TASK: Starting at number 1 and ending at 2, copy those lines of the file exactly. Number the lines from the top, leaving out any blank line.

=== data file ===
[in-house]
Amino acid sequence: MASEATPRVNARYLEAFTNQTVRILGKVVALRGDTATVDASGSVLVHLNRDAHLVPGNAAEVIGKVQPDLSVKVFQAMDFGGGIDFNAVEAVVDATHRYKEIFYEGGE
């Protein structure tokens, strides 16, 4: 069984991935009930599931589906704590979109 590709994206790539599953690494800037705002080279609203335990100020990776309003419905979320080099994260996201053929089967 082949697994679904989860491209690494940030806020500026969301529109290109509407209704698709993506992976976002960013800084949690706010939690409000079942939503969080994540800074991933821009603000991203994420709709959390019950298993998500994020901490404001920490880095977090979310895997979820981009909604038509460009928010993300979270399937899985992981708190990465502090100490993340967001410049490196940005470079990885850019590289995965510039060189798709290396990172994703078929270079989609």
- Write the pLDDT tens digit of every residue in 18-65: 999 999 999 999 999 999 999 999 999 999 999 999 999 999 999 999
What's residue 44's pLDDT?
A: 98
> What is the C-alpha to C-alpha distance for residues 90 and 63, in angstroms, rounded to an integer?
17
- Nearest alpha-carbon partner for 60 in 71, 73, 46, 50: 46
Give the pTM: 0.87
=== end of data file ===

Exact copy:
[in-house]
Amino acid sequence: MASEATPRVNARYLEAFTNQTVRILGKVVALRGDTATVDASGSVLVHLNRDAHLVPGNAAEVIGKVQPDLSVKVFQAMDFGGGIDFNAVEAVVDATHRYKEIFYEGGE